Taking Time Out

About 5% of graduates take a significant period of "time out" during the 12 months after finishing university. Most will have gone travelling but some will have learnt a new skill or fulfilled a long standing ambition and put their career on hold in the meantime. Lots more will have considered taking time out, but not, in the end, actually done so.

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Things to consider

How will an employer view it?

Potential employers will look to see how your time has been spent and what you’ve achieved and learnt from the experience. Meeting the challenge of raising the money you need to make a trip happen, and coping with the good and bad experiences that come your way, are all generally viewed positively. A period of time sitting around isn’t! Equally, taking time to fulfill an ambition, learn a new skill or achieving another goal you set yourself are also fine.

Timing your return

In career terms the biggest thing to consider is – if you go away – at what time of the year should you come back? The problem is co-ordinating your return with the UK graduate recruitment cycle. If you want to work for a big company and join their Graduate Entry Scheme then applications will be need to be made between October and March, with the most popular companies having closing dates as early as November, to start work the following autumn. Making the application isn’t the biggest problem. They are virtually all online and provided you can get internet access you can complete the form. The problem is going through the interviews and other parts of the selection process. For that you need to be in the UK and available to attend at their request.

Alternatively, when you come back you can tap into the recruitment that goes on over the late spring and summer. There may not be vacancies with the most popular employers, but most years there is a good supply of jobs at this time.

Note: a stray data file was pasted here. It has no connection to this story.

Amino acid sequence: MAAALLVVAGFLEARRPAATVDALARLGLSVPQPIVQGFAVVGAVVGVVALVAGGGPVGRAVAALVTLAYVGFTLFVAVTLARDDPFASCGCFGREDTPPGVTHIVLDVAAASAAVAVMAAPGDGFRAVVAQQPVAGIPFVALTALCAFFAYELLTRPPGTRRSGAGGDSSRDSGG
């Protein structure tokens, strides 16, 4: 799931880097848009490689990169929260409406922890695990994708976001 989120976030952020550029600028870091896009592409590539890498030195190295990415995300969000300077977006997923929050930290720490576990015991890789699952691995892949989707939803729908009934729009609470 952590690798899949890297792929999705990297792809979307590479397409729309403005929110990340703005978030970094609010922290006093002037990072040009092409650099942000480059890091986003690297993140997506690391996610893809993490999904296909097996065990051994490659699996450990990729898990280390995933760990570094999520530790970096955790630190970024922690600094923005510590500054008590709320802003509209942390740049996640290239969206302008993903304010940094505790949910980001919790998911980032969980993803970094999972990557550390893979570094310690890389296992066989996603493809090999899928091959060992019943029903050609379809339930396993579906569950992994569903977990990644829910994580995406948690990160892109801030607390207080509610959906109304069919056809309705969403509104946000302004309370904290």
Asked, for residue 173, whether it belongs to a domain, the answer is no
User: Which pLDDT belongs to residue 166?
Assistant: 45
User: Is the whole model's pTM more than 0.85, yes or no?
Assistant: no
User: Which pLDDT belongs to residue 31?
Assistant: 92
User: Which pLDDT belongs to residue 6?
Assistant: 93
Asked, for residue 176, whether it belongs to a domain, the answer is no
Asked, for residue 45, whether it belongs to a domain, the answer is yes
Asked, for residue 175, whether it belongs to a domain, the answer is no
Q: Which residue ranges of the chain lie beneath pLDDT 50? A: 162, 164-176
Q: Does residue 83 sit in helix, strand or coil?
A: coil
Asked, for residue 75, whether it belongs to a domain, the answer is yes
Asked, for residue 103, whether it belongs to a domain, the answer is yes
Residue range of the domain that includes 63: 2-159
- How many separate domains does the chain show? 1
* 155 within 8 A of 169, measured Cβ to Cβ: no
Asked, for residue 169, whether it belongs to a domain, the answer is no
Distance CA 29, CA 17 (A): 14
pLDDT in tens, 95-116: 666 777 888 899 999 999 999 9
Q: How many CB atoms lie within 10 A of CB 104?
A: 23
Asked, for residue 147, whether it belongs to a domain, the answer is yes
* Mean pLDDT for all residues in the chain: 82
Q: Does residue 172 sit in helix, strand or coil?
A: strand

What about deferring your start at work?

Applying before your gap year starts - but not starting work till after it - is a great way to do things. Unfortunately most employers don’t allow it, but a few do. A company presentation or at a Careers Fair is a good place to find out the company’s policy.

Working while you are away

There are a number of schemes that are worth looking at:

Australia: the Working Holiday Maker Program visa allows nationals of 14 countries, including the UK, to take temporary work during their holiday. See www.immi.gov.au. Check this site to see if this scheme operates between your country and Australia.

Japan: the JET Scheme recruits people to work as Assistant English Language teachers in Japanese schools and offers a great insight into this country. The closing date is usually in November to fly to Japan the following summer. See JET

USA: several organisations will, for a fee, arrange a short term working visa. Long established ones: see BUNAC, CIEE

What are Volunteering programmes?

There are lots of these, often in developing countries. The organisation running them require you to pay them a fee and a sum for each week you are away on their scheme. This can amount to £2-3,000 in all for a 6 week trip. In return they make your travel arrangements, arrange accommodation and set up a period of work. When applying to go on one of these, make sure you get them to explain clearly what you have to pay and what you will get in return.

Page Owner: reg131
Page Created: Thursday 9 July 2009 15:51:36 by t00214
Last Modified: Monday 14 October 2013 17:34:02 by reg140
Expiry Date: Saturday 9 October 2010 15:49:41
Assembly date: Thu Apr 24 19:01:41 BST 2014
Content ID: 9290
Revision: 3
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